A motion for a protective order
A motion for protective orders can be incorporated within your motion for temporary orders, but in some situations, you may need to file a protective order motion in the middle of your divorce case. Especially for women, this is something that is often requested at the outset of the divorce. It offers a huge advantage not only for their safety but for setting the case up as one where violence has occurred. This will impact how judges make decisions and how you and your spouse negotiate with one another.
If you are a man reading this blog post you need to be aware that if your wife is awarded a protective order it is probable that she will be awarded exclusive use of your home for the entire period of your divorce. Your children will only be able to have limited contact with you. It can be a very difficult burden to bear for men who find themselves in this position due to their bad actions previously. Protective orders can last from anywhere between 6 months to two years in duration.
More about motions in Texas divorce cases will be posted in tomorrow’s blog
Please join us again tomorrow as we continue to discuss motions that are related to Texas divorce cases. We hope that you have enjoyed the content in today’s blog post and we appreciate your having spent some time with us.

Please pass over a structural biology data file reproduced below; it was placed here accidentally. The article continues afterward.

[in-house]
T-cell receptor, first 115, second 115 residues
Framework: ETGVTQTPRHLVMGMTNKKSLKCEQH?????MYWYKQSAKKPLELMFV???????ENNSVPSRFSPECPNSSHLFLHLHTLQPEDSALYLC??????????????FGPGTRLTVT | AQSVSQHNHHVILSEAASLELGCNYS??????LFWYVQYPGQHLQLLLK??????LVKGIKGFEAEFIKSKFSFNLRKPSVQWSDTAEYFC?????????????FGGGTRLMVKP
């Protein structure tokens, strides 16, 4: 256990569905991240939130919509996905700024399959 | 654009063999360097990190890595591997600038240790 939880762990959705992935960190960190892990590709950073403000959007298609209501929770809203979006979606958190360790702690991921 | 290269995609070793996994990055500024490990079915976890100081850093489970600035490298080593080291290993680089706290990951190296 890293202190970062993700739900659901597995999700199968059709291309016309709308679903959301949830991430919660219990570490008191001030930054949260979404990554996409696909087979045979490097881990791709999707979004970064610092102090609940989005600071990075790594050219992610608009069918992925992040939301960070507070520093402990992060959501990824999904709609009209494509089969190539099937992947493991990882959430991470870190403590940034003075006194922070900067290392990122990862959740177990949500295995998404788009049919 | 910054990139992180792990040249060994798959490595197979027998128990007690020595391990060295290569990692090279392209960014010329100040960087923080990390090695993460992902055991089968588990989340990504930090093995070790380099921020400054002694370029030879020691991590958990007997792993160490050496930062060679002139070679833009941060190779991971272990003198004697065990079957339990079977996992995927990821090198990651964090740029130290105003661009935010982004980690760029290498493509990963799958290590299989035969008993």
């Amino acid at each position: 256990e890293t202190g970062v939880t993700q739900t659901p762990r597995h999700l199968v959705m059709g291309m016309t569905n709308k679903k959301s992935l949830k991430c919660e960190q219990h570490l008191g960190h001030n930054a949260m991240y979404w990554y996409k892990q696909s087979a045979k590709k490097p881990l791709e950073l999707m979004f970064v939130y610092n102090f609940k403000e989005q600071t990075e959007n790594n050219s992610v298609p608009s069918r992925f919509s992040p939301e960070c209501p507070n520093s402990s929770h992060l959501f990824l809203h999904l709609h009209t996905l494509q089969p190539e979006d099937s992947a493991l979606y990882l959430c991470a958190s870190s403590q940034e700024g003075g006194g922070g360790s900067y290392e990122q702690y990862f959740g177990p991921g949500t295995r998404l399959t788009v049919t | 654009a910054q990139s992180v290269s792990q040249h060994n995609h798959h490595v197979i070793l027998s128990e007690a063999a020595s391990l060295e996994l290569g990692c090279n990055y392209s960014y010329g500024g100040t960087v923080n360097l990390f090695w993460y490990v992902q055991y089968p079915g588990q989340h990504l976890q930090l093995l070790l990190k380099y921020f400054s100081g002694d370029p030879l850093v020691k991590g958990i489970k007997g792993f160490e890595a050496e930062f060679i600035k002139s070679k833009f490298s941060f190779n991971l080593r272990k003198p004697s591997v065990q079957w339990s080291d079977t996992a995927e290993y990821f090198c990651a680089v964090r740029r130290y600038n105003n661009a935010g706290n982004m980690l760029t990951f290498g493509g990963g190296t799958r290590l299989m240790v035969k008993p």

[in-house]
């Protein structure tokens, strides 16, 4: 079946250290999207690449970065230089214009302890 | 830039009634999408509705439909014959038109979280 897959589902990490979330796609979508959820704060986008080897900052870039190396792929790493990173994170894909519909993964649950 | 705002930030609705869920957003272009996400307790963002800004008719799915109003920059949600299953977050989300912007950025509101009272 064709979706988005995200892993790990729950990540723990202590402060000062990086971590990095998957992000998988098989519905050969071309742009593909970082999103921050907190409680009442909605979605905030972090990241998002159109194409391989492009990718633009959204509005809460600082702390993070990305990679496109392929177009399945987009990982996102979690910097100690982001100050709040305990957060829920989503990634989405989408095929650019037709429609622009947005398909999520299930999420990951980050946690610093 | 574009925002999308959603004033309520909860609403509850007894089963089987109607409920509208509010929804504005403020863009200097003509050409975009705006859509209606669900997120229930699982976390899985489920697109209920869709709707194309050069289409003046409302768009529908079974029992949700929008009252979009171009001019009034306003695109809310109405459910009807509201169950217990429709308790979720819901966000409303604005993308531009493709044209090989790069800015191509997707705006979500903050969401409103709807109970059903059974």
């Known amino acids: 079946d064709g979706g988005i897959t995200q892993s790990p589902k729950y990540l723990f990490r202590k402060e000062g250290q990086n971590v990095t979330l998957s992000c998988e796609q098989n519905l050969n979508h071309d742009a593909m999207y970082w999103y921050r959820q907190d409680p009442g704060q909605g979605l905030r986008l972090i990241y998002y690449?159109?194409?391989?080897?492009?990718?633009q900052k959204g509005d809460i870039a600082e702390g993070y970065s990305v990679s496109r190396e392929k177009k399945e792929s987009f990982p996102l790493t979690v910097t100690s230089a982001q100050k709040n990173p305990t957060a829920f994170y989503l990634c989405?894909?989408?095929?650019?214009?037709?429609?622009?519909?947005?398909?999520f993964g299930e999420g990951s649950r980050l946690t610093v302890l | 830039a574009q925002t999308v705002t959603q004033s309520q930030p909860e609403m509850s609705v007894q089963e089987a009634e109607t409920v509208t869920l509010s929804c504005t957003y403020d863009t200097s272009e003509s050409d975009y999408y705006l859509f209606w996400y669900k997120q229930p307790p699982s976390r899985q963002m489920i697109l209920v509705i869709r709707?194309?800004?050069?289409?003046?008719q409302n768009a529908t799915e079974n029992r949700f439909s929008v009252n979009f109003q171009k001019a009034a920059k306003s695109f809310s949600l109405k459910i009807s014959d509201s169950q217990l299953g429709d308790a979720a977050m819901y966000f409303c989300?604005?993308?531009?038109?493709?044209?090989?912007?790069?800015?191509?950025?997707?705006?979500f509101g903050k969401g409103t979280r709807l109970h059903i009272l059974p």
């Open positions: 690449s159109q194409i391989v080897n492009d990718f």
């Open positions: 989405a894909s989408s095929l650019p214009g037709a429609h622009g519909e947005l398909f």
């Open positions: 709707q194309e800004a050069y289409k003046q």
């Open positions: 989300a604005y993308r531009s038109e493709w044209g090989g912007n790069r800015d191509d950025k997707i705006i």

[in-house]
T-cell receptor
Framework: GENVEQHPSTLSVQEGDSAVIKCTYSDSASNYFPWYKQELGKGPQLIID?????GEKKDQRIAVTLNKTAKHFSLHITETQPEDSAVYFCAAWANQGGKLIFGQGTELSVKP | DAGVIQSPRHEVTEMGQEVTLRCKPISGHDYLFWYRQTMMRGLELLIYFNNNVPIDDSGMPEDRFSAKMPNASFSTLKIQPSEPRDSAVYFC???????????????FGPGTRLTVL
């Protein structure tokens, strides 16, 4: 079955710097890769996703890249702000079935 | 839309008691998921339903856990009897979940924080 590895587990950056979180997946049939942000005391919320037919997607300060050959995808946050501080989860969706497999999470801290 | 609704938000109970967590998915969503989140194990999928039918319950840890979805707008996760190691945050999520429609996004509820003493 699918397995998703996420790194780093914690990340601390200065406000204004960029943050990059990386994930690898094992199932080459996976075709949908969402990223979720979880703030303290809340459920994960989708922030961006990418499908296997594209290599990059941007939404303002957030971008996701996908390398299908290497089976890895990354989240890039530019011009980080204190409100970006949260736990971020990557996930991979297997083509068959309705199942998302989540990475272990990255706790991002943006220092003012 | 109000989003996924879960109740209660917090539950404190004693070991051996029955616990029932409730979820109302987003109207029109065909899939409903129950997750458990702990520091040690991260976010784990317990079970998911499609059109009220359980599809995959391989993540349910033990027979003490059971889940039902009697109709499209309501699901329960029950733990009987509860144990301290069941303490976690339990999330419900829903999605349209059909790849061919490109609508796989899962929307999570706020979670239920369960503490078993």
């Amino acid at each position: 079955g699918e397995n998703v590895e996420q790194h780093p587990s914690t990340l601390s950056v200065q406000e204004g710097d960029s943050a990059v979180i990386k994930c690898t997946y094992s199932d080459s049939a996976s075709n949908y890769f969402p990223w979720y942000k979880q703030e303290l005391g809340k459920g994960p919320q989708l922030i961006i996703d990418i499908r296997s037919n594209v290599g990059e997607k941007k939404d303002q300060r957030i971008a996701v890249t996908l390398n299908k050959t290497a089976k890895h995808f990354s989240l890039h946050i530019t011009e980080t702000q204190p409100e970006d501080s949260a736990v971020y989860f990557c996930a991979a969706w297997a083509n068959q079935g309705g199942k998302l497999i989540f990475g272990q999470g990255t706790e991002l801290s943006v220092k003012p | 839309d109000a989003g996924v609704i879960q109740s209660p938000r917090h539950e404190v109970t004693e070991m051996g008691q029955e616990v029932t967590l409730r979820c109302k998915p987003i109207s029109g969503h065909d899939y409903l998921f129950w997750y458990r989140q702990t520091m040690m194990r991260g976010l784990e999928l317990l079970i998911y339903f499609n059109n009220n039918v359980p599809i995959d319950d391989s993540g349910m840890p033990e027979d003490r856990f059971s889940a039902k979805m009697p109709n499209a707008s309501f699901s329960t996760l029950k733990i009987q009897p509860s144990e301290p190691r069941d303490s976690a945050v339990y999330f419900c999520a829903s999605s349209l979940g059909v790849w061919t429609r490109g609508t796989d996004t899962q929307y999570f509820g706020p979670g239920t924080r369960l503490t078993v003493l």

If you have any questions about the information we wrote about today please feel free to contact the Law Office of Bryan Fagan. We offer free of charge consultations six days a week with our licensed family law attorneys here in our office. These consultations are a great opportunity to ask questions and receive direct feedback about your case and your particular circumstances.
It’s the belief of our office and our attorneys that our clients deserve the utmost in terms of care and professionalism while we handle your case. There is no family law office that practices as frequently in the courts of southeast Texas as those with the Law Office of Bryan Fagan. Between our attorneys, paralegals, legal assistants and support staff we have a group that will place your interests first and will work tirelessly to help you achieve your goals.